Rotten Tomatoes score: 44%

Critical Consensus: “It may be his most thought-provoking film to date, but Michael Bay‘s Pain & Gain ultimately loses its satirical edge in a stylized flurry of violent spectacle.”

Bay is a great friend of this column. If I’m ever in a pinch and can’t decide what to write on, well, the canon of Bay is always there to help a brother out. In comes “Pain and Gain,” a scaled-back movie (by Bay’s standards) that actually is worth your time. It won’t numb your senses the way the “Transformers” trilogy (soon to be quadrilogy) or “Pearl Harbor” does.

Based on a story that’s too bizarre to be fiction, the movie follows Daniel Lugo (Mark Wahlberg), a personal trainer who wants his version of the American Dream. To get there, Lugo recruits a couple of guys, Paul Doyle (The Rock) and Adrian Doorbal (Anthony Mackie), to kidnap and extort one Lugo’s clients, Victor Kershaw (Tony Shaloub).

What I like so much about this movie is the deep-seeded irony in the story. As a trainer, Lugo is quick to question the commitment of the people that are half-heartedly working out at his gym, while conveniently forgetting that he acquired his own physique with the help of steroids. So Daniel is a guy that knows exactly what he wants, but instead of putting in the work to get there, he just looks for the fastest possible route, never considering the consequences of his actions. This short-sighted entitlement mirrors one of the stronger themes from “Spring Breakers,” from a slightly different perspective.

The great joke of the whole thing is that Lugo and Co. put in an extreme amount of work to rob Kershaw. What the movie doesn’t really stress is the fact that Kershaw got his status by cheating as well, which  puts Daniel and Kershaw on the same playing field. To me this takes the movie from a simple bad-guys versus good-guys movie to something more. Dare I say something deeper.

Even if you don’t find something to latch onto thematically, there are enough surface-level elements to keep your attention. Start with Wahlberg and The Rock. This could be Wahlberg’s best work and unquestionably the best we’ve seen from The Rock. These characters are so confounding in their stupidity, yet Wahlberg and The Rock manage to inject enough sincerity into their performances that they never become cartoonish. Between scenes of a coke-crazed Paul berating neighborhood husbands while Lugo lectures on responsibilities and a man being lit on fire and run over, there’s definitely a Looney Tunes vibe to the criminals’ plot. I can’t quite explain how this all gelled for me, but it did. I’ve seen some Coen brothers comparisons, but this movie obviously isn’t on that level. To its credit, it also doesn’t have the contempt for the characters/audiences that the Coens are sometimes accused of.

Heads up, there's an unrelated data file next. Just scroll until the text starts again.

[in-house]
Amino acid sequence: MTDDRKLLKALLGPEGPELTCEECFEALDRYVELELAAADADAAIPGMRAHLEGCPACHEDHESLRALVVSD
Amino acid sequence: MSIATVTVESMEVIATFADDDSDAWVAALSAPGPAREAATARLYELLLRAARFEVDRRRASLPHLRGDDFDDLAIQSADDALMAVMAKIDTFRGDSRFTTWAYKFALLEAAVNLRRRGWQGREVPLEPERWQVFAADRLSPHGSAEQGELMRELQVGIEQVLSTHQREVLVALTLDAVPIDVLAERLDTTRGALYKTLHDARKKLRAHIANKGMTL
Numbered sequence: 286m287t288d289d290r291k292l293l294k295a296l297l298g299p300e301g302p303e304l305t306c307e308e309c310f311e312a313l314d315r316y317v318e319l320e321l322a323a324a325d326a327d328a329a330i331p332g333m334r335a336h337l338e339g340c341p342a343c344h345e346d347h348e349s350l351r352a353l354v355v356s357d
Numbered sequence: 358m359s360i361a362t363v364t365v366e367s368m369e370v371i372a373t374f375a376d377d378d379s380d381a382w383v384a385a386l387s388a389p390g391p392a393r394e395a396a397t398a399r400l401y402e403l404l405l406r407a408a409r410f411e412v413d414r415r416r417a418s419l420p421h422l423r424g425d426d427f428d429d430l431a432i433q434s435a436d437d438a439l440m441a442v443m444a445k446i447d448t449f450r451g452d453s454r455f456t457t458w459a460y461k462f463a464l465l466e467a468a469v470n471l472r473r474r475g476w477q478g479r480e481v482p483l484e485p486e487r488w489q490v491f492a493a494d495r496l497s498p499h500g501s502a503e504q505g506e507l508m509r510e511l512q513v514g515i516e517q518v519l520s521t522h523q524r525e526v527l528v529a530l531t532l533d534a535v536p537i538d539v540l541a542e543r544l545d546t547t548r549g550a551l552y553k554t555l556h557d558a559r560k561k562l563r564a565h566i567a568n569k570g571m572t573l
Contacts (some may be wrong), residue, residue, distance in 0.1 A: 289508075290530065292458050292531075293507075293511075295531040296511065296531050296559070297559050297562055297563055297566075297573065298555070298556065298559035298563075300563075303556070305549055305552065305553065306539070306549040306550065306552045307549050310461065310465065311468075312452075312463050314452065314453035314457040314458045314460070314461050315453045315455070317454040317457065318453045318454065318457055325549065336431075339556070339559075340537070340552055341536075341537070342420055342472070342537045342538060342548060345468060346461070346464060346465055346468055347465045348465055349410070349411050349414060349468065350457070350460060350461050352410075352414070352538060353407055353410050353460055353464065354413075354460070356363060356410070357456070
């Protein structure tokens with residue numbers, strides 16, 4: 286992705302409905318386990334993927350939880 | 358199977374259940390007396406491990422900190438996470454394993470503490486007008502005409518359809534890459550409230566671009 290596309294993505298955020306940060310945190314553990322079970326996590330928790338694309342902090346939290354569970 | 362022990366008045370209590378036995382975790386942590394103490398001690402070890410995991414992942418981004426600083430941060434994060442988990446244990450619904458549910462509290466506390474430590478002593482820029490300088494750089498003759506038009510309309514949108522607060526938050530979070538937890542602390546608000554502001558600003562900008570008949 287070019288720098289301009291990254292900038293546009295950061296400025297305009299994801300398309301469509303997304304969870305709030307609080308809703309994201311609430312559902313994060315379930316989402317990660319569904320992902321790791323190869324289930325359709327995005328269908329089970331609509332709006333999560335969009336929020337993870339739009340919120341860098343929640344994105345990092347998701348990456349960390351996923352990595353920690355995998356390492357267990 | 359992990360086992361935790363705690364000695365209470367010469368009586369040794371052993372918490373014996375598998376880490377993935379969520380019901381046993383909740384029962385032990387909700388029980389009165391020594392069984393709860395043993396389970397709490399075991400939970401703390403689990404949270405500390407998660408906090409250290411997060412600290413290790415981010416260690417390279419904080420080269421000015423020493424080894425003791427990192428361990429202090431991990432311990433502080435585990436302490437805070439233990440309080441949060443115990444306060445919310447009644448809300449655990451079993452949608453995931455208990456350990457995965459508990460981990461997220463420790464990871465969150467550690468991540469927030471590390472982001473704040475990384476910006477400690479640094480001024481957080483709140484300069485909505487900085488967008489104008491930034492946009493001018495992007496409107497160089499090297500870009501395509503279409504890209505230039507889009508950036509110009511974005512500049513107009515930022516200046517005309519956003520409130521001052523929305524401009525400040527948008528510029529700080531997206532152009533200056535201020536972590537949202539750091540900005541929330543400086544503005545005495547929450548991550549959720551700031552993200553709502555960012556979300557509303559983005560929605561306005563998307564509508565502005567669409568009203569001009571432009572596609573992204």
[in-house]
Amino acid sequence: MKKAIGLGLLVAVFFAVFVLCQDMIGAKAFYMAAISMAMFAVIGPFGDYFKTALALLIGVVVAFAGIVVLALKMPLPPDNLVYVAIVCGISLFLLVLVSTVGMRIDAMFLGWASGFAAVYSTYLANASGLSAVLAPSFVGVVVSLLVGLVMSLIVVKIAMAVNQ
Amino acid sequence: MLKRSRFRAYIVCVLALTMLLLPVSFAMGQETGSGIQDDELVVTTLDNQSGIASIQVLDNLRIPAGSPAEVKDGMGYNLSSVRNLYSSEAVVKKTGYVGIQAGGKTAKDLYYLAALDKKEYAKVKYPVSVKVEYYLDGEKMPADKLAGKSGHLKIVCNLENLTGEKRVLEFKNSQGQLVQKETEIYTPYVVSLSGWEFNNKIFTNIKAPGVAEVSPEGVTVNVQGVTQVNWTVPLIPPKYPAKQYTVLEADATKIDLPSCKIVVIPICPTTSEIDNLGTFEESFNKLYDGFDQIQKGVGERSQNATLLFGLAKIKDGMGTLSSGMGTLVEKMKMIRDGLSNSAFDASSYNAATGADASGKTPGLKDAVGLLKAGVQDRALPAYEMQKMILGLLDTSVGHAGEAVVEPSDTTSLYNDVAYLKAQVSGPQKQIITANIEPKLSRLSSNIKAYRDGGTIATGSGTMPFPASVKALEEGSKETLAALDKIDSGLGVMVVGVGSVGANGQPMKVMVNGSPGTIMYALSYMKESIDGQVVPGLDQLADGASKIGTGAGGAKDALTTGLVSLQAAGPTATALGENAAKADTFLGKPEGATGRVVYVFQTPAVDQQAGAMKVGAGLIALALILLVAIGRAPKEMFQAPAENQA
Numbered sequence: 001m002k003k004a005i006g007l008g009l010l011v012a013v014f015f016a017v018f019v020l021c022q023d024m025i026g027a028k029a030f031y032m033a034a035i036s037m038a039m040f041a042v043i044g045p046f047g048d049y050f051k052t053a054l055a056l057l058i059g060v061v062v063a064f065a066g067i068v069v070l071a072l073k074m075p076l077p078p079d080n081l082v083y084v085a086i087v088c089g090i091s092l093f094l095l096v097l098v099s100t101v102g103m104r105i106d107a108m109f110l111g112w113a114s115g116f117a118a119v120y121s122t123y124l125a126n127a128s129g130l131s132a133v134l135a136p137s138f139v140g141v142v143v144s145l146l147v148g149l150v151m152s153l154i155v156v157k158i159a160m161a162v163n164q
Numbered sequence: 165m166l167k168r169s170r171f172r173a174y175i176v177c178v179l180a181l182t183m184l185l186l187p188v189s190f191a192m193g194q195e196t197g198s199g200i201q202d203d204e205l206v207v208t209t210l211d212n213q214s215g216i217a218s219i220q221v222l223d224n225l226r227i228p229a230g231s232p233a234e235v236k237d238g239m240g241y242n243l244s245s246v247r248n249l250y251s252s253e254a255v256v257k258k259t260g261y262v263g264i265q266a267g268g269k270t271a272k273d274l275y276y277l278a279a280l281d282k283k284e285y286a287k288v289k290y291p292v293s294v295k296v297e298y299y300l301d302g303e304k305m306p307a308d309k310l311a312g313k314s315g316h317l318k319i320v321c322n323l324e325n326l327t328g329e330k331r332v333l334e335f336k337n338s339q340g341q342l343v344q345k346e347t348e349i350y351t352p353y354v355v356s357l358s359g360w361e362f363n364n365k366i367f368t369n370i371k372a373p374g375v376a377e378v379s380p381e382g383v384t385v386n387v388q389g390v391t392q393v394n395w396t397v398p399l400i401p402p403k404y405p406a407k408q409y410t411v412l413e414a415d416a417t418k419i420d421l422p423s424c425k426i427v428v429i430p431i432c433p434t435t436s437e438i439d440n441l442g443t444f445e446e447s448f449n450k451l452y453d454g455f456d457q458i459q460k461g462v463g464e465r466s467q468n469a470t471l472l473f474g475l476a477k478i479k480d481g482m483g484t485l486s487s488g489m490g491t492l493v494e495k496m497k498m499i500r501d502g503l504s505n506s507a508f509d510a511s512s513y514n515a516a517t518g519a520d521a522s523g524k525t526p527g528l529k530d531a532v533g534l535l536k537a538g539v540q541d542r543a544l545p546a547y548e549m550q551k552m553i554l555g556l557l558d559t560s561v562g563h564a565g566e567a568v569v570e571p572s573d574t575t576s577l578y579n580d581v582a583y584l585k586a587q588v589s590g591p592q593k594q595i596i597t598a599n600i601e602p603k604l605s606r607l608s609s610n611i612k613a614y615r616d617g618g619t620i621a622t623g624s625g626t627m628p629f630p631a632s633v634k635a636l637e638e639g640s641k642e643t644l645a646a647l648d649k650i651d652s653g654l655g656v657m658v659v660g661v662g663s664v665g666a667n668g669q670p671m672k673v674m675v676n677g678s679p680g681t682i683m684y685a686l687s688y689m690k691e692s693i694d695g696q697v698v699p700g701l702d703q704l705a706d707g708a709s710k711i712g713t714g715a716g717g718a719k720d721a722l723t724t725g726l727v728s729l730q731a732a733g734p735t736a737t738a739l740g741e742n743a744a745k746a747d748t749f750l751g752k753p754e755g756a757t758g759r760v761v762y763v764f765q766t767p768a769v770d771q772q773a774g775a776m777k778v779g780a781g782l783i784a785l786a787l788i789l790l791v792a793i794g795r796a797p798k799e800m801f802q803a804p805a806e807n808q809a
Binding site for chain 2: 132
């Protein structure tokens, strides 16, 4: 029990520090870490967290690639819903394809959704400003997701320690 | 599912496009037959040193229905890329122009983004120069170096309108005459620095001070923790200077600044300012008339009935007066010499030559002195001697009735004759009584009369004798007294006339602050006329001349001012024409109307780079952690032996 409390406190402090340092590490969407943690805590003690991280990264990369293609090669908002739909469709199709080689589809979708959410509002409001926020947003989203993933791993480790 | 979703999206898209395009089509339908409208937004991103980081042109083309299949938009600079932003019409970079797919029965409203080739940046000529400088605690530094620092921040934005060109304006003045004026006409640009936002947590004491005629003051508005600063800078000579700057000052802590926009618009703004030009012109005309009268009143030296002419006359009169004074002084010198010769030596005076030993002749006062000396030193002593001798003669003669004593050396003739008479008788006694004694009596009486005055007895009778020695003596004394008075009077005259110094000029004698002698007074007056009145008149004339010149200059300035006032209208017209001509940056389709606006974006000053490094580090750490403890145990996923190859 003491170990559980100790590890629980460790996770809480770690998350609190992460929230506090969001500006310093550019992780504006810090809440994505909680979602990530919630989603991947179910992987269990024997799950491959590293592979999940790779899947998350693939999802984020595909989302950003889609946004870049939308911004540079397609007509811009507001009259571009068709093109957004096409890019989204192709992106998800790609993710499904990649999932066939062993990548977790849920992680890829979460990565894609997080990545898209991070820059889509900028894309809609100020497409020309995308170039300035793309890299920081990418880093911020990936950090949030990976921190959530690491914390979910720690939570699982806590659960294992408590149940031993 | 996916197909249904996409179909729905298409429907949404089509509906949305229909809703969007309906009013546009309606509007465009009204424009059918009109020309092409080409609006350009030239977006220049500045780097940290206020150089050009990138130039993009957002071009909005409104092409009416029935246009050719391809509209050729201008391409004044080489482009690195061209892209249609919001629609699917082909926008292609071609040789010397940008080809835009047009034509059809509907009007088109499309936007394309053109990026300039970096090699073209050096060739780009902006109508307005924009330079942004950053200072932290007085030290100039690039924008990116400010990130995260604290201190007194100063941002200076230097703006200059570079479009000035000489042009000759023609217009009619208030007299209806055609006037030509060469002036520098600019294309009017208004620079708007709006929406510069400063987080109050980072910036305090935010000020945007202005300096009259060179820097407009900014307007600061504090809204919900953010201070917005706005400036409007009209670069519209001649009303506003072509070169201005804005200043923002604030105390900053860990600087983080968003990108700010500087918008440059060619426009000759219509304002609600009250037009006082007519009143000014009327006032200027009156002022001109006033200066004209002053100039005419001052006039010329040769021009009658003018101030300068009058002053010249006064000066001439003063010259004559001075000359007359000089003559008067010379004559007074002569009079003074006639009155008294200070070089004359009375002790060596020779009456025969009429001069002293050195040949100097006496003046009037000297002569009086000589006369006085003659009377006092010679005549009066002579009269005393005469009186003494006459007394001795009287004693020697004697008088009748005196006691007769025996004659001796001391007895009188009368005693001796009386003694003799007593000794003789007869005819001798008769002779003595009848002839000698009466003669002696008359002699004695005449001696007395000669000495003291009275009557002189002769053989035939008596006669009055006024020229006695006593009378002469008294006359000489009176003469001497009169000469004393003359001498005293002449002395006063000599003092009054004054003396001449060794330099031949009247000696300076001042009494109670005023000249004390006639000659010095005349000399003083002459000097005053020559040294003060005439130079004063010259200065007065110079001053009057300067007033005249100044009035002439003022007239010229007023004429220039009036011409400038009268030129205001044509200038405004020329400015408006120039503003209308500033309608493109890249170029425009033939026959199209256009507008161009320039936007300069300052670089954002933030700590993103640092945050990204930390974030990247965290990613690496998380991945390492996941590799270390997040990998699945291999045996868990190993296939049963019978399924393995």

The movie could easily judge the characters and look down on them with the audience, but instead it just plays straight and lets the absurdity of the story resonate. By doing that, Bay is not only able to comment on these kinds of people, but on the broken system that we currently live in, where people feel like it’s easier to cheat and hoodwink their way to the top and nobody on either side of the law really knows what’s going on.

For the first time in my adult life, a Bay movie inspired something other than a pervasive sense of self-disappointment and despair. That in and of itself is cause for minor celebration. I’m still not sure if I’m overrating “Pain and Gain” because it’s not terrible, but I am sure that it’s something worth spending some time on. If all else fails and you’re hating it while you watch, start playing this drinking game.